A wants to borrow money from B

The head waiter, his trademark smile firmly in place, leant over to speak to Bernard. He ran his eye over the five other people at the table, who were deep in conversation, and then spoke in a low voice.

“I’m afraid your card has been refused again, sir,” he said. “We have tried twice. The usual stupid computer glitch no doubt. But it was the same last week with the other card, and that issue is still outstanding…?”

He cocked an eyebrow. His eyes went ceaselessly round the room, checking the tables were being served properly.

Bernard’s stomach lurched. He thought for a moment he was going to be sick over the heavily laden damask tablecloth. It was not just the excess butter on the sole meuniere, or the sticky toffee pudding with double cream that was responsible for his nausea. The company MasterCard and the Visa had obviously hit the buffers. He patted his wallet pocket, then pulled his hand back. Perhaps that old American Express card was still valid?

“All right, Pierre,” he said, flapping his hand in dismissal. “I’ll deal with it in a moment.”

“I say, Bernard?  Any more of that port left?”  said a white haired man at the side of a woman in a tight red dress, tapping his nearly empty glass. “Jolly nice drop of Taylor’s, that, don’t you reckon? Another bottle?”

“Certainly, Sir Angus. An excellent idea,” Bernard said. As the Vice President of an international bank, one didn’t refuse one of the bank’s biggest customers another glass of port. He turned to Pierre, who was back beside him, the smile on his face now as crooked as the napkin over his arm.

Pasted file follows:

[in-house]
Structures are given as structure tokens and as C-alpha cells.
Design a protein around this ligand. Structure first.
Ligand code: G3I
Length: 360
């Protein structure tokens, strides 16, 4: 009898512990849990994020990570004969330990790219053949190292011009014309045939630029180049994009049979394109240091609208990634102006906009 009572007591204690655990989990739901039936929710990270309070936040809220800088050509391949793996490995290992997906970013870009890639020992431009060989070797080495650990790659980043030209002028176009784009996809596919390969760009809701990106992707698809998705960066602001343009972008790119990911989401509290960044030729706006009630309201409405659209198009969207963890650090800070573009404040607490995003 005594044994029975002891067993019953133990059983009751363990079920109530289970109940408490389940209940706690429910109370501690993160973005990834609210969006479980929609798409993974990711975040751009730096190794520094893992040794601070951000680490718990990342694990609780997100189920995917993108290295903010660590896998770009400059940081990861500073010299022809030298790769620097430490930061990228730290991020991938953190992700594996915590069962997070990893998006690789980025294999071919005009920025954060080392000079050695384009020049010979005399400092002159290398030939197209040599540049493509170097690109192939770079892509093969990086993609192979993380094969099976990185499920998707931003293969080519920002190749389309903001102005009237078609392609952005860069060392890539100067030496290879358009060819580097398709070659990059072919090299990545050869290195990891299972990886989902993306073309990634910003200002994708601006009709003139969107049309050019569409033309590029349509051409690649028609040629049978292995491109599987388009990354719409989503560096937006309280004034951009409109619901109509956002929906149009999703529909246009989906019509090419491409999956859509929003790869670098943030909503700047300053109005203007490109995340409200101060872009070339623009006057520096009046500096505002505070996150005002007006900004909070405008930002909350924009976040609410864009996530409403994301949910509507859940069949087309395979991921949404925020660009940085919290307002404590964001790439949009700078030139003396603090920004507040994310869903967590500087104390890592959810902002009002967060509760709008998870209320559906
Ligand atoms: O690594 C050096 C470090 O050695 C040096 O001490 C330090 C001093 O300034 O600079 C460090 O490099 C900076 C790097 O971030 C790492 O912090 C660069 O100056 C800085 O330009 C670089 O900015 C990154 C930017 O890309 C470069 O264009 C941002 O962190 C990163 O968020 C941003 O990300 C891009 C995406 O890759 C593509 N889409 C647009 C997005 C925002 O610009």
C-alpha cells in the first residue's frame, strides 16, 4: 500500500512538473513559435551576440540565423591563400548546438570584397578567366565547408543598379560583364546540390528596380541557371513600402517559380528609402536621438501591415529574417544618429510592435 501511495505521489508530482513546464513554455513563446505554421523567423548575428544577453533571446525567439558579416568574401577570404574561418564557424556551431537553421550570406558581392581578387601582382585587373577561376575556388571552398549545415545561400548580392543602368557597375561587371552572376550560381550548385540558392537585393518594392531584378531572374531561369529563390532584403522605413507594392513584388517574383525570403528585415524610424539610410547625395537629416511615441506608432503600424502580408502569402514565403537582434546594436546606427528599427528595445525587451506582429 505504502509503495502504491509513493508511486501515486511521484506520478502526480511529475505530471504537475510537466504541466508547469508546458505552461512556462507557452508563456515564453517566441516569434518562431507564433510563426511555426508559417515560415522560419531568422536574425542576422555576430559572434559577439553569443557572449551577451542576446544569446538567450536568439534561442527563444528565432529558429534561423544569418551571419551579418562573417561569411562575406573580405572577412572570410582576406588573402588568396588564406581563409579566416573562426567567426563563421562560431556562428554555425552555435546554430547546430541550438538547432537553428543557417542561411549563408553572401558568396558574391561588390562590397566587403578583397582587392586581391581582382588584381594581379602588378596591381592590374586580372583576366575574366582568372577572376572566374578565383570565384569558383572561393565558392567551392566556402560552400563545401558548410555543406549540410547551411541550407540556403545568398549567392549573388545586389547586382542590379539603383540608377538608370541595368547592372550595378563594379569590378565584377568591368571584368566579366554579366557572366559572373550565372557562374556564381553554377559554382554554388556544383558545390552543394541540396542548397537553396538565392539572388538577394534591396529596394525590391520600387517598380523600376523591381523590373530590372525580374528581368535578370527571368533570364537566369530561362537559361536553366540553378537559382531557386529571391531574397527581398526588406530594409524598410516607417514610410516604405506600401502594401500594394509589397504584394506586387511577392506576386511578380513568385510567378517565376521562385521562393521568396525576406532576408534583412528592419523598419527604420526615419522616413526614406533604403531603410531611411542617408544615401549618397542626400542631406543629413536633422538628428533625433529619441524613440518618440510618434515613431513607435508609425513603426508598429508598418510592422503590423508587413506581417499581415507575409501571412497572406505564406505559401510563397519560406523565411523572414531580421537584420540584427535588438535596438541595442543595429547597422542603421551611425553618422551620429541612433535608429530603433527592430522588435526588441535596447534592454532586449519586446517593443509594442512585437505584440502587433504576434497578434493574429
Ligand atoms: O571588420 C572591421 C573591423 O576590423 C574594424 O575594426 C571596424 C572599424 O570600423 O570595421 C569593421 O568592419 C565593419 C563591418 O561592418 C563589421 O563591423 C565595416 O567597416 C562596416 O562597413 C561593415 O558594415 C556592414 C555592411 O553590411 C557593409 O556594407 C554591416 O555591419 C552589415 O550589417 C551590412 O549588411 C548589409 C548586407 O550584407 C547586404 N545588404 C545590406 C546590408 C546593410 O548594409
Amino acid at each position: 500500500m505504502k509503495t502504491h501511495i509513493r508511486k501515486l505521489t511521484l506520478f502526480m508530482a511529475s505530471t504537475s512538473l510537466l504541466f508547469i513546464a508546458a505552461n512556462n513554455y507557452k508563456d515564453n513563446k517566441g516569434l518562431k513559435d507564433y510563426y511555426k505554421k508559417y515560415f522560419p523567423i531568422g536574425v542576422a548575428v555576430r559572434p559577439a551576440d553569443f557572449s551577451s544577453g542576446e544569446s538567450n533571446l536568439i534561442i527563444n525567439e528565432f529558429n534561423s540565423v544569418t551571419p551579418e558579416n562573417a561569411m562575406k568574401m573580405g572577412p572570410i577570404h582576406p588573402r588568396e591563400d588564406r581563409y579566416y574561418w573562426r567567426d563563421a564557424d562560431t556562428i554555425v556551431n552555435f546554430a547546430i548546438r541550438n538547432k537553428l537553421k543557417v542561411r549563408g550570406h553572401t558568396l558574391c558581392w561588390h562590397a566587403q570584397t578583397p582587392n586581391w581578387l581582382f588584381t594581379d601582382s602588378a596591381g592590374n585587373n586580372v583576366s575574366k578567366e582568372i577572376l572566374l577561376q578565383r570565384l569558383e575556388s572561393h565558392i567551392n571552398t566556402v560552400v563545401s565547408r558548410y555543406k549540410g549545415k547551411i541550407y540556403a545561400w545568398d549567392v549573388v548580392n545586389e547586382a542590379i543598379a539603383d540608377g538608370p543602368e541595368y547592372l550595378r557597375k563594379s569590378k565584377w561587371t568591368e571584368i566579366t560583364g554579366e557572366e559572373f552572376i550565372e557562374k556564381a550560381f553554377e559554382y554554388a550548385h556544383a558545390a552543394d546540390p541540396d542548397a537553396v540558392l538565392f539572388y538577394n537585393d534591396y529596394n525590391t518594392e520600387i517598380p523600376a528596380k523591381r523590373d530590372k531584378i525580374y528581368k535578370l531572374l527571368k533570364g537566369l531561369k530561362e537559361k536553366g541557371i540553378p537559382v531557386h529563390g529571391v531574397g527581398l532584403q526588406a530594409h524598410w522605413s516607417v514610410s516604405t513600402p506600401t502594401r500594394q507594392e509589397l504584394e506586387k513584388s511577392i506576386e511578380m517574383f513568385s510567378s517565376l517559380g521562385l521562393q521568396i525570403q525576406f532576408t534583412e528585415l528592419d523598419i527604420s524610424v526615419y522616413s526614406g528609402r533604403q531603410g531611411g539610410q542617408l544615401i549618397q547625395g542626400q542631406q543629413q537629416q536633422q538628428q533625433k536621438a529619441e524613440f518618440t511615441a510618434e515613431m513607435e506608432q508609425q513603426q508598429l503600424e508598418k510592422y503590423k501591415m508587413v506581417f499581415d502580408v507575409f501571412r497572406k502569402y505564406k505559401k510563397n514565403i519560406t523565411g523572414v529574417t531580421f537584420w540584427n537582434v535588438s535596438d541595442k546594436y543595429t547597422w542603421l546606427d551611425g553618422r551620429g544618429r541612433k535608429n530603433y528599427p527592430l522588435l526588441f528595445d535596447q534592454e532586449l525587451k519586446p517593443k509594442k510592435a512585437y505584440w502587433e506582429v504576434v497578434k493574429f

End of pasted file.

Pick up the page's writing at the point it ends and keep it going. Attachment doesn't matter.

“Another bottle of the ’93 then, Pierre. Chop chop.”

The head waiter’s hesitation was almost imperceptible. Then he bowed and moved away, pausing at the kitchen door to speak to one of the waiters. The young man looked across at the table, and shrugged.

“Well, Bernard,” said Sir Angus, leaning rudely across his attractive companion. “Everything organised for the loan tomorrow then? Legal johnnies all lined up? Thinking of all the interest you’ll rake in on lending us 10 point two mil?”

He smirked. Some redcurrant jelly from the exquisite Welsh Saltmarsh lamb had spilt on his shirt front, looking oddly like blood. His large teeth were very white, thanks no doubt to some very expensive dental work. To Bernard’s mind the image was of Count Dracula at a feast. Well, this may be the best time to break the news.

“I’m afraid there’s a bit of a snag there actually, Sir Angus,” he said. “I ‘ve been looking for the right moment, but…  it looks very much as if the bank’s own liquidity has dried up. Almost overnight actually. Massive crisis in the Far Eastern markets, you know. And given one or two other little current, er,  issues, it seems that the bank is about to go, well, bankrupt.”

His normal fluency seemed to have deserted him. He paused and cleared his throat. “And I very much fear that far from our being able to extend you any further lending facility, we shall be obliged to call in your existing loan arrangements. With immediate effect, I’m afraid.”

For some reason the whole restaurant had gone silent. Sir Angus’ face went as red as the port wine still left in his glass. He swallowed hard and was about to speak when the head waiter returned, followed by two men in raincoats. They looked out of place among the well-dressed diners.

“I very much regret that the ’93 Taylor’s Reserve is no longer available, sir. And these two gentlemen would like to speak to you. Do accept my apologies for allowing them to disturb you, but they say it is a matter of some urgency.” He bowed, and backed away, his crooked smile now wider than ever.

Richard Vaughan-Davies

I retired to the Cotswolds ten years ago after selling the retail business in North Wales which I had built up over forty long years. Fortunately for my sanity most of my time was spent creating advertising copy and promotions, which dramatically increased the business and taught me the power of words. Being a member of the Chippy Writers’ Group encouraged me to attempt a lifelong ambition to write a novel. Recently published, In the Shadow of Hitler is a romance set in the ruins of bombed-out Hamburg in 1946.

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